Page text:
The US state of Texas on Tuesday executed Marvin Lee Wilson, a man who has significant intellectual disabilities, ignoring calls by human rights organizations.
The 54-year-old African American, who was sentenced to death for the abduction and murder of a police drug informant in 1992, was killed by a lethal dose of the sedative pentobarbital injected into his veins by prison authorities at about 6 p.m. local time, reports said.
After exhausting appeals in the Texas court system, Wilson's attorneys had applied to the U.S. Supreme Court to delay the execution and review the case under precedence. But the US top court refused to stay the execution, ruling less than two hours before his lethal injection was scheduled.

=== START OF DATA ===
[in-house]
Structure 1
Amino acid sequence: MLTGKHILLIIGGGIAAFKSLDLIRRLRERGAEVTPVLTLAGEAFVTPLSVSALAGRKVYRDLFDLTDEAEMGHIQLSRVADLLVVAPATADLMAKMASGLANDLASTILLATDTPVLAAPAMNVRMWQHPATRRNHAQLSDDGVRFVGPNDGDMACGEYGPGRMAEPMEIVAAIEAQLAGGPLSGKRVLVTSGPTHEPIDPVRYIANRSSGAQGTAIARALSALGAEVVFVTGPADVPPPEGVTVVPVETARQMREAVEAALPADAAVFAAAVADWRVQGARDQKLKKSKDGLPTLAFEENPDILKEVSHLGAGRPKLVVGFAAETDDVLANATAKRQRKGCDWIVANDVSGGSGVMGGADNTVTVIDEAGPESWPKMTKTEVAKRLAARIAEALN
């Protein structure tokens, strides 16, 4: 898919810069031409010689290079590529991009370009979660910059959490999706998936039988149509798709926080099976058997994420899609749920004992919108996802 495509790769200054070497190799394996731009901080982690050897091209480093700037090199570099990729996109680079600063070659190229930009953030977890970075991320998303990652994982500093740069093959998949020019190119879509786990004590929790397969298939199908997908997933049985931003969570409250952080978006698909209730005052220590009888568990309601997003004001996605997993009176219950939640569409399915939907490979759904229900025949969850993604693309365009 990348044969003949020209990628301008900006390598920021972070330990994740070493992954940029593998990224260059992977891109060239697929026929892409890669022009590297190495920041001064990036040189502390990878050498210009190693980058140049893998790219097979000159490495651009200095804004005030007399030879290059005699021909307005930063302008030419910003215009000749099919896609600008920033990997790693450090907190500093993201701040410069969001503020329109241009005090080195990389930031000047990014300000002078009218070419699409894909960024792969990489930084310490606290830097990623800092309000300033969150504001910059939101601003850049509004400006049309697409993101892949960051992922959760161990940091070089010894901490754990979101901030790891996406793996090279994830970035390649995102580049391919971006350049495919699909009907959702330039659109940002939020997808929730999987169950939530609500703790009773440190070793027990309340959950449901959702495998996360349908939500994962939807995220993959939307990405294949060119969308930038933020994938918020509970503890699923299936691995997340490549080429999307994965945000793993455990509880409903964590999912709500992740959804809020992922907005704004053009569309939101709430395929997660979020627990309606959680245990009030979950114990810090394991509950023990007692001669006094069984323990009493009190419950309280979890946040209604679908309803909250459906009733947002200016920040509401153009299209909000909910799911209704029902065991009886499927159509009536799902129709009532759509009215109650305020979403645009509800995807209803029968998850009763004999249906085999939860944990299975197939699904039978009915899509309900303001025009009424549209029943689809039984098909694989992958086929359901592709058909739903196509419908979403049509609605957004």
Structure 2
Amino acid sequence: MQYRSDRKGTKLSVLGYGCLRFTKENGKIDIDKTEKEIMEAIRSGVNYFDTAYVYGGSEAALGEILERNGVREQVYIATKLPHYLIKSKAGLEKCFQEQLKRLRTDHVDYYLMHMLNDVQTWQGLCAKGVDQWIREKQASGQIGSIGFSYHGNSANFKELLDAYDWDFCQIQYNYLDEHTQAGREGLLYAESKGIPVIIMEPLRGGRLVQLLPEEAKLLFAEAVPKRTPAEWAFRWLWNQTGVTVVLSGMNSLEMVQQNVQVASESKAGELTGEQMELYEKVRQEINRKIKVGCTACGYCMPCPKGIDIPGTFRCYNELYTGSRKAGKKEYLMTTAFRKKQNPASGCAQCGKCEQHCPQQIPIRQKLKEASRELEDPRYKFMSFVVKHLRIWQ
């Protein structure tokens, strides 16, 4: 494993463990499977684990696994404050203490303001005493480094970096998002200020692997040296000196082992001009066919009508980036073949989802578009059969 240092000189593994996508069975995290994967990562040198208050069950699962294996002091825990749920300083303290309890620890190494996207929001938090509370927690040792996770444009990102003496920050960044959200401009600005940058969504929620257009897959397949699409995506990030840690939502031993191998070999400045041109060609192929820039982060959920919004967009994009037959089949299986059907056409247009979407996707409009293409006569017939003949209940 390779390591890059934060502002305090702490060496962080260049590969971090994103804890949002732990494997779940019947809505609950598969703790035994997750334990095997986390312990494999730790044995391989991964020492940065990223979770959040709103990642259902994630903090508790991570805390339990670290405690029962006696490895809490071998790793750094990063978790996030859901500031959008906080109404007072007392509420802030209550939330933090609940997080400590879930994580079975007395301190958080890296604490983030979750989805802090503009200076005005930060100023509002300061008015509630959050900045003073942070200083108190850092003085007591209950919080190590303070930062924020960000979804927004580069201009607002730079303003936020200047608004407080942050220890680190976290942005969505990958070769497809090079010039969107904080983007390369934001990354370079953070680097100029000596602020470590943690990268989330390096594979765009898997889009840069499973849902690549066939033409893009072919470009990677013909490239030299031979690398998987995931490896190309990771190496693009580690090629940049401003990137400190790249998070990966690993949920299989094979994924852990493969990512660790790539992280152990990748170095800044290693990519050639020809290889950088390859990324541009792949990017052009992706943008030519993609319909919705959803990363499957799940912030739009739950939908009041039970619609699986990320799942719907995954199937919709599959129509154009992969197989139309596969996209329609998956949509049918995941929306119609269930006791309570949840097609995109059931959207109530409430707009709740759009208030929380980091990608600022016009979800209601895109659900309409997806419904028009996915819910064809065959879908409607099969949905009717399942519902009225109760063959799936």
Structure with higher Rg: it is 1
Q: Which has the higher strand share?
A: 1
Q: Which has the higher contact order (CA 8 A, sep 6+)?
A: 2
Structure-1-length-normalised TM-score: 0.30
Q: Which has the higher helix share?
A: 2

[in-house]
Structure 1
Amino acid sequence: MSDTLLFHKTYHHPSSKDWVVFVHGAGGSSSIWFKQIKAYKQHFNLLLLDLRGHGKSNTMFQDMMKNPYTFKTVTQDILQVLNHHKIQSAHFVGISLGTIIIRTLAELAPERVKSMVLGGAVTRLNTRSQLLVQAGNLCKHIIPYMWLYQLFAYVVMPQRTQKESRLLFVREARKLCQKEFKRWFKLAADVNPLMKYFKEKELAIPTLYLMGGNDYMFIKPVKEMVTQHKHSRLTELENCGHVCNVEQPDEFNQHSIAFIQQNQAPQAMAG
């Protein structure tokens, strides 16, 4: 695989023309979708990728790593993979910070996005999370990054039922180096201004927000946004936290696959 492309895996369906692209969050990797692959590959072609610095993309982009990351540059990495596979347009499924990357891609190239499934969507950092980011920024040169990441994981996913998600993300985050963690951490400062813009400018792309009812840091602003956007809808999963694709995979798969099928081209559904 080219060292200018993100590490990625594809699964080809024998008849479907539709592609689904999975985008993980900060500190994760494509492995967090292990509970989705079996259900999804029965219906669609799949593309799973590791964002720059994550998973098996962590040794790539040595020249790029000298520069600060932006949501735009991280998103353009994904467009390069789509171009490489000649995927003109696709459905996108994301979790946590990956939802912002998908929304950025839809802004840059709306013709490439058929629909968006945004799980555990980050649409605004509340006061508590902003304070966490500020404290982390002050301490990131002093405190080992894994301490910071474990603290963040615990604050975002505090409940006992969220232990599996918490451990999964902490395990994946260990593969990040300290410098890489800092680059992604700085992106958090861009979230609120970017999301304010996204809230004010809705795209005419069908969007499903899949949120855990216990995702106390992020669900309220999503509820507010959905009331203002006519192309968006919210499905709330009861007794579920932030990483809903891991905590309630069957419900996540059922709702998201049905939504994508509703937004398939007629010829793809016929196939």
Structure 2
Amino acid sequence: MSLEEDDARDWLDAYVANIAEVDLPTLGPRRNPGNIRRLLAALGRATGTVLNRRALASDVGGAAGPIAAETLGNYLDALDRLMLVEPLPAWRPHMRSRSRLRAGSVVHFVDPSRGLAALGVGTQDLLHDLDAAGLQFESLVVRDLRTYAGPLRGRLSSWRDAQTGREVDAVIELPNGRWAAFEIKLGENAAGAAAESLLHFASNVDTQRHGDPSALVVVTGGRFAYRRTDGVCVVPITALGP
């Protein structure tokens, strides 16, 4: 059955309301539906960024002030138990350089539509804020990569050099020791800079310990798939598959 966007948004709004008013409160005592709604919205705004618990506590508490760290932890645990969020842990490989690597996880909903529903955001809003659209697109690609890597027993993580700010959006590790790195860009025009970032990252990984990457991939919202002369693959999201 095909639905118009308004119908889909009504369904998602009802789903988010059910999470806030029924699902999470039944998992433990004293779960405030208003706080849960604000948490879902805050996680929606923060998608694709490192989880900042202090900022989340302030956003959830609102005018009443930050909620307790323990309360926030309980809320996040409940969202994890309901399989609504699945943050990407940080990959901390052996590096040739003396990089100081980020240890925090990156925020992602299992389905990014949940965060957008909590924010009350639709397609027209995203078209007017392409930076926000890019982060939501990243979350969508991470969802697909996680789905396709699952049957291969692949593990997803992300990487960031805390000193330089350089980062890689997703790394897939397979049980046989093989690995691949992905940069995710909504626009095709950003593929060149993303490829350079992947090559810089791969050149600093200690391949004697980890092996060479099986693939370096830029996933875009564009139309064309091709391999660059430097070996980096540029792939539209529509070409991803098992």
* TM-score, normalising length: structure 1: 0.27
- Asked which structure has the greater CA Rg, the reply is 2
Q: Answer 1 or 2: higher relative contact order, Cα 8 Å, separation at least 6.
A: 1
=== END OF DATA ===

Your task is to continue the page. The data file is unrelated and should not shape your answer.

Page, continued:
During the appeals process, a clinical neuropsychologist had concluded that he has "mental retardation."
Tests revealed that Wilson has an IQ of 61, which is well under the legal standard and diagnostic range of 70 considered in Atkins.
Human rights watchdogs - The Human Rights Watch and Amnesty International - had appealed to Texan authorities to halt Wilson's execution.
Wilson was the second mentally disabled death row prisoner to be executed by the state of Texas in less than three weeks. On July 19, Yokamon Hearn was subjected to capital punishment, the first Texas prisoner to be executed utilizing the new one-drug protocol.
This was the seventh execution in Texas this year, where judicial killing resumed 30 years ago.
Nationwide, 1,302 people have been executed in the United States since death penalty was reinstated in 1977, including 25 this year. Since resuming executions in December 1982, Texas accounts for 484, or more than a third, of the total.
by RTT Staff Writer
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